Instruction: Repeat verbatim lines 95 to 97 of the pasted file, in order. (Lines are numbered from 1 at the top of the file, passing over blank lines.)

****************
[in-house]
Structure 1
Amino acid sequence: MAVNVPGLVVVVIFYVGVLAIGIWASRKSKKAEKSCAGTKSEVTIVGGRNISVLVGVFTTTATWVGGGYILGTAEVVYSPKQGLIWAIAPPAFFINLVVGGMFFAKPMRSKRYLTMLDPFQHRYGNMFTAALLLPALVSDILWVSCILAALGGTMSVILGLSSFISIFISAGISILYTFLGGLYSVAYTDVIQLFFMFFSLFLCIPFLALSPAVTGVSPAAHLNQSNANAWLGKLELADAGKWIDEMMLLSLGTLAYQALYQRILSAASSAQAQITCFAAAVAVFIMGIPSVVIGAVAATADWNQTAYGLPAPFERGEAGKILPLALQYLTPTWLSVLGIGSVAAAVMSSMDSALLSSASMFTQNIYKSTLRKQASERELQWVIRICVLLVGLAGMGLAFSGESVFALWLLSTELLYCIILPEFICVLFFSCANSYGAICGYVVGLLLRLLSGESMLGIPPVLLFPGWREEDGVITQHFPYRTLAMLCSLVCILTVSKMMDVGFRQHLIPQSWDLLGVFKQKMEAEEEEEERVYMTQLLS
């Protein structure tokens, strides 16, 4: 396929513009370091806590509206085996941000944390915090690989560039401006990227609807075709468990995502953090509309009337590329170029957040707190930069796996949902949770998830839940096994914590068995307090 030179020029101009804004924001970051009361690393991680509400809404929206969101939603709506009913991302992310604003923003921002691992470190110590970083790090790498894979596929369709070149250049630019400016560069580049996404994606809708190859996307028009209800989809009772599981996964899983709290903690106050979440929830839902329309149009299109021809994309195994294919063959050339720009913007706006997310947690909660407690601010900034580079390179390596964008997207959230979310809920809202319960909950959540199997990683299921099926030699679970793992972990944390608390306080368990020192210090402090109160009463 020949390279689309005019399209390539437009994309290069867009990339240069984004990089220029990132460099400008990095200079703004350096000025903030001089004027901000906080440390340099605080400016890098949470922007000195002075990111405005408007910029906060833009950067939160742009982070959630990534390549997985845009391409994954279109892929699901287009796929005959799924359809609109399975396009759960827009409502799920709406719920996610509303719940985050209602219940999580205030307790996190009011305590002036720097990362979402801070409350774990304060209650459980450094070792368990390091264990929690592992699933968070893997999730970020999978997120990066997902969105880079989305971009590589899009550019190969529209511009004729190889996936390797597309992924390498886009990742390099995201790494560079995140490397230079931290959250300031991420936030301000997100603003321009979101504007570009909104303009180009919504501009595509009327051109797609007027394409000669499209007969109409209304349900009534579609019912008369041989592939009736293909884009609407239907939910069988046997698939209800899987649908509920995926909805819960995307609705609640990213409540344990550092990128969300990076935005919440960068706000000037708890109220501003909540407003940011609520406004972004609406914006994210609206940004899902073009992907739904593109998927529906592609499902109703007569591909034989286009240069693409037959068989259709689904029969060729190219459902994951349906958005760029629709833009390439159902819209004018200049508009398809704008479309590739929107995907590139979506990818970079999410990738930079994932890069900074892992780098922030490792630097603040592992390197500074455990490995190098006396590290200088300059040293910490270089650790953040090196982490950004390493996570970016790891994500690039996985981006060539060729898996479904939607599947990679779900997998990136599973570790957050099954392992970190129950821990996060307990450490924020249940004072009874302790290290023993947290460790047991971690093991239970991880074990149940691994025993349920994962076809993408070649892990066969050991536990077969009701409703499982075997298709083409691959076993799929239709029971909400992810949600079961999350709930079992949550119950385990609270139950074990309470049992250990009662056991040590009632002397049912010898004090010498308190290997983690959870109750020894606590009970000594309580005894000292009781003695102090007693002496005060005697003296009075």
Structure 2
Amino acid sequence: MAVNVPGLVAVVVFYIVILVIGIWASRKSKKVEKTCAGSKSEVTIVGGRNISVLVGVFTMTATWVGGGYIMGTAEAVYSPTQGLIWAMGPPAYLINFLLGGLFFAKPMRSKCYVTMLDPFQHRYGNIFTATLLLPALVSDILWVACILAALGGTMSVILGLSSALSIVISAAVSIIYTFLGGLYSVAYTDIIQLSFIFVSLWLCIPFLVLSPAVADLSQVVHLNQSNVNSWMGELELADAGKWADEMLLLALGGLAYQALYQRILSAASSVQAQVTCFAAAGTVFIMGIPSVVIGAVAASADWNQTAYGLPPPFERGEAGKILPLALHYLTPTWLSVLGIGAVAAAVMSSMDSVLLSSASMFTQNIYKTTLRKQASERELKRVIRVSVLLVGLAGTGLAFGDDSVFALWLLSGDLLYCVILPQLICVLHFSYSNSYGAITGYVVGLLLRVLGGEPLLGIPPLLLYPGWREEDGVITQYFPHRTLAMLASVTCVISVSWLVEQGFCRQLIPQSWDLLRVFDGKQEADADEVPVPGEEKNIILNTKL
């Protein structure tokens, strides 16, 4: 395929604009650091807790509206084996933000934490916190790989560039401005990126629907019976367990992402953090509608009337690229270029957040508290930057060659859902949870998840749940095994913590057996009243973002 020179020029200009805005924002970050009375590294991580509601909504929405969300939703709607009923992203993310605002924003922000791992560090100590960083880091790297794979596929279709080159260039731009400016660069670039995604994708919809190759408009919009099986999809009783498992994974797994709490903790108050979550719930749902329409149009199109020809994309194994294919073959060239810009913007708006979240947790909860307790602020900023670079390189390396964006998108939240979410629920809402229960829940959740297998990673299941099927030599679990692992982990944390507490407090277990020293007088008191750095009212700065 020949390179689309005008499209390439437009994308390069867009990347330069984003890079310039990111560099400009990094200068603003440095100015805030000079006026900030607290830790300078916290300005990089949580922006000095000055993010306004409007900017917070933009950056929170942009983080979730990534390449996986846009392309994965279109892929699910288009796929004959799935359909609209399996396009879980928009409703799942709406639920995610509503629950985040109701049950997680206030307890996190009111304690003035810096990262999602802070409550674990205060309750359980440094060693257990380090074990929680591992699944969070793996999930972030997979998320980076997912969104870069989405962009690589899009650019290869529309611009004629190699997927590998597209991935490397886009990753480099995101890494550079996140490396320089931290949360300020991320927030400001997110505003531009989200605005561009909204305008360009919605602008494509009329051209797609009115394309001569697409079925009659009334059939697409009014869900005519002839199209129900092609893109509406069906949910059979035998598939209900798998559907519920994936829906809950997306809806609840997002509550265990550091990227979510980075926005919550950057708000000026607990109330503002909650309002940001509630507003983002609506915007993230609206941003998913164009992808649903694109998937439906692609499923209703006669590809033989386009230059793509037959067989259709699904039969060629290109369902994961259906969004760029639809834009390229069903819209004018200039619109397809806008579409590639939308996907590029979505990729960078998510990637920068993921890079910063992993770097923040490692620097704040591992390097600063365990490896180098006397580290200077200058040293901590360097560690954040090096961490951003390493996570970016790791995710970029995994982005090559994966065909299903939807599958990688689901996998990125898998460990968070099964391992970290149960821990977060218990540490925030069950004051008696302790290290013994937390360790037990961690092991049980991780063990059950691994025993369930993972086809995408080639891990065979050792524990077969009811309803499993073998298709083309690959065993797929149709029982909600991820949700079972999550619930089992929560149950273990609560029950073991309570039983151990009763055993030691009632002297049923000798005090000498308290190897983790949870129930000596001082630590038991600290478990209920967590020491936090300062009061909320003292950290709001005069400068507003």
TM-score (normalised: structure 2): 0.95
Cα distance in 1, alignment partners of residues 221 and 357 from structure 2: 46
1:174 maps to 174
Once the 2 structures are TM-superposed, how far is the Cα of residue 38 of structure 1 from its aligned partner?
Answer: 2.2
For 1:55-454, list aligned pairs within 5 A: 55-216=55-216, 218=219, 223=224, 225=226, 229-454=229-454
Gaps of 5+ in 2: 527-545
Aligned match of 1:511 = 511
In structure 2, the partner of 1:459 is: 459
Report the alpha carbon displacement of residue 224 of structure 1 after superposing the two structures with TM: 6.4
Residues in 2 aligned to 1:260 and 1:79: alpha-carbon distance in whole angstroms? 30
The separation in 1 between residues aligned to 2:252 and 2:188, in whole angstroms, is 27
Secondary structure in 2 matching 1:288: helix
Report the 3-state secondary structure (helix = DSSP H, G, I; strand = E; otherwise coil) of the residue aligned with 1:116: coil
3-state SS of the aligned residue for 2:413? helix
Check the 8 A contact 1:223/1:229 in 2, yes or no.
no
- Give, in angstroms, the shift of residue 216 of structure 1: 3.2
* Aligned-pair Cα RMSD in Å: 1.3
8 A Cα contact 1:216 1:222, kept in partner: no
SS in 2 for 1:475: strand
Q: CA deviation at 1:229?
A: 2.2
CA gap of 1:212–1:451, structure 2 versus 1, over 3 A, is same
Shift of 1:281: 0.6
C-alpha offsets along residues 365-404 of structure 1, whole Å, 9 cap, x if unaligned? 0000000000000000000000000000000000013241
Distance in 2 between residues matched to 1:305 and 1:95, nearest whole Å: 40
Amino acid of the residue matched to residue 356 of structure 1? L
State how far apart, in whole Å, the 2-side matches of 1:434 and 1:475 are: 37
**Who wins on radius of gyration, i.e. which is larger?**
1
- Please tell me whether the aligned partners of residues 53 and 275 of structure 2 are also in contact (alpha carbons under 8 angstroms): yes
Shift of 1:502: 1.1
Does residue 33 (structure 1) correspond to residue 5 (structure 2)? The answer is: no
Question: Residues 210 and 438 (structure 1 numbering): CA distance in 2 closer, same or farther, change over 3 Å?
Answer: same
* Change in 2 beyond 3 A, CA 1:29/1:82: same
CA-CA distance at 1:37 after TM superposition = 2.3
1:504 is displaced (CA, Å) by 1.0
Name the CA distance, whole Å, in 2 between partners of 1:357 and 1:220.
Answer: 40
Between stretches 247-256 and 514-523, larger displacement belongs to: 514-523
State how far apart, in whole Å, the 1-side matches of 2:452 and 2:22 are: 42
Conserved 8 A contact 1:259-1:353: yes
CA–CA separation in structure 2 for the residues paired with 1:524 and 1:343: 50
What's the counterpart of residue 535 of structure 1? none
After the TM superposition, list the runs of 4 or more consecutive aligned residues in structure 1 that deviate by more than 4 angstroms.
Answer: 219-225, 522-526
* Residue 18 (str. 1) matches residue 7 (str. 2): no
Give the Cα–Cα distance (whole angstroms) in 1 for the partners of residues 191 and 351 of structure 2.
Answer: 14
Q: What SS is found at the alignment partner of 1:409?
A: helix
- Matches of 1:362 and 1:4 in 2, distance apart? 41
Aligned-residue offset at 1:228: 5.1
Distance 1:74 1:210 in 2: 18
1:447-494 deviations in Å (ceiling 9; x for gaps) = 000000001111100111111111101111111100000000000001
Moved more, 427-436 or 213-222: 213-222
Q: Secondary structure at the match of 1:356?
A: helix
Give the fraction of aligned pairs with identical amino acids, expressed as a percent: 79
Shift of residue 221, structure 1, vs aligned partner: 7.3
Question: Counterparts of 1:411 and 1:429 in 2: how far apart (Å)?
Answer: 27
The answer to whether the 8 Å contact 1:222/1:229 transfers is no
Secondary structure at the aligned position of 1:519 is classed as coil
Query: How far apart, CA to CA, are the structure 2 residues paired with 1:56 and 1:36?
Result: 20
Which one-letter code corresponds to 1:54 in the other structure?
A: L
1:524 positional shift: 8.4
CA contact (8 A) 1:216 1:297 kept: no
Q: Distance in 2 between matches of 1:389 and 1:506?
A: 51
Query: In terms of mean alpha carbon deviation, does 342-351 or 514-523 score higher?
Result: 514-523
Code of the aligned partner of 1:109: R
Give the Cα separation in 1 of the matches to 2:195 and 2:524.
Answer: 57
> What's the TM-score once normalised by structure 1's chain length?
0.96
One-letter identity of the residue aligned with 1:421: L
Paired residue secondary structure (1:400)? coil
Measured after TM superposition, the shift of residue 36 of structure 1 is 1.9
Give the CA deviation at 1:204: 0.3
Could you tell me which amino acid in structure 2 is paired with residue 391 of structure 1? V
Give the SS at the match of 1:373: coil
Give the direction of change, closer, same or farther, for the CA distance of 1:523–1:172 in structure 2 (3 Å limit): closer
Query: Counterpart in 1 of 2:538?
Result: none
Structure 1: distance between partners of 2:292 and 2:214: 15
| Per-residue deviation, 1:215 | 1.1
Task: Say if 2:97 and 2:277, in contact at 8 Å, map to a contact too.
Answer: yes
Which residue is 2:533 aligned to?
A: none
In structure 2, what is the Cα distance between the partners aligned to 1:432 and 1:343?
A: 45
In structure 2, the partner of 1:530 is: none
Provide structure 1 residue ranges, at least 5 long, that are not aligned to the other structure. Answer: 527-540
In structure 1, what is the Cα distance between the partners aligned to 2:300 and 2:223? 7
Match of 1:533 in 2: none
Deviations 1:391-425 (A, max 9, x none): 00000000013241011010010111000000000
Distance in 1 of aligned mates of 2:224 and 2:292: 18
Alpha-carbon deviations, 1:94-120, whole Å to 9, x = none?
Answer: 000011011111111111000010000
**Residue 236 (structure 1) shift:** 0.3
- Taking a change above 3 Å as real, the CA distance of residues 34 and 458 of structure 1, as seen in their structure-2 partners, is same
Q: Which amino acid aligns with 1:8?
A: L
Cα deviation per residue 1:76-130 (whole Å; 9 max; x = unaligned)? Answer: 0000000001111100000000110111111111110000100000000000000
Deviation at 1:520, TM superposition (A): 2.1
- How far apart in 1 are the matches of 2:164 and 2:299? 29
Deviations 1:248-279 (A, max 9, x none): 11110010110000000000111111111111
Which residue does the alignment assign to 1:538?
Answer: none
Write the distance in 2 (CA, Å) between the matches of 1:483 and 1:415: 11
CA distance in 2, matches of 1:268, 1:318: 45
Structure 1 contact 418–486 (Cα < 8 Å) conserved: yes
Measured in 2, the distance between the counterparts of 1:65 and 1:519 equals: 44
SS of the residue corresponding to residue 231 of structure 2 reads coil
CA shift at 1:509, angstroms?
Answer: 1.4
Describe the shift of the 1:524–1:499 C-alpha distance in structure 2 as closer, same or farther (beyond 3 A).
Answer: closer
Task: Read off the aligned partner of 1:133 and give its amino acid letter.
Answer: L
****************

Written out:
Give the direction of change, closer, same or farther, for the CA distance of 1:523–1:172 in structure 2 (3 Å limit): closer
Query: Counterpart in 1 of 2:538?
Result: none